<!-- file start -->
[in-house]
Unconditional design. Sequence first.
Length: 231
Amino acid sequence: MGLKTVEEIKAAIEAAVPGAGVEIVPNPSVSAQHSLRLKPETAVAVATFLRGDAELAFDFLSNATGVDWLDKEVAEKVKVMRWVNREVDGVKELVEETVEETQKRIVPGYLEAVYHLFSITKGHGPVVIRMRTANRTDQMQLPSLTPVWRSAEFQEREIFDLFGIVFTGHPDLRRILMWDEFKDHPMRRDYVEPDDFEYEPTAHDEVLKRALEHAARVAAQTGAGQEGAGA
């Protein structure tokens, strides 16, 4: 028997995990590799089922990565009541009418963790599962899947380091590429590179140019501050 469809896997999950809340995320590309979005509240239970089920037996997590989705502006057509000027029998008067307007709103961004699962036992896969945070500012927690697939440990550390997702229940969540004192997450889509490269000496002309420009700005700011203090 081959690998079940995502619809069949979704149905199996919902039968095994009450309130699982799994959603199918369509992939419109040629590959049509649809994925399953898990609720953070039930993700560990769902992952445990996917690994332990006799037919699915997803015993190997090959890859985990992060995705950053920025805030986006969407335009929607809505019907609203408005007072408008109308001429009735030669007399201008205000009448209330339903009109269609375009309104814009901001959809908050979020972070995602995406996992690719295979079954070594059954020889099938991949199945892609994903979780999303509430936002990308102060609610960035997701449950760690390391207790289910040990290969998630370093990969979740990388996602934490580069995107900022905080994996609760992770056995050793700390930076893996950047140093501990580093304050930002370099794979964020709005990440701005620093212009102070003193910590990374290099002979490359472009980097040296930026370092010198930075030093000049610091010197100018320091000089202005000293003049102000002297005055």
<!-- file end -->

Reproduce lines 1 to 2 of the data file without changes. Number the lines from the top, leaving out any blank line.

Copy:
[in-house]
Unconditional design. Sequence first.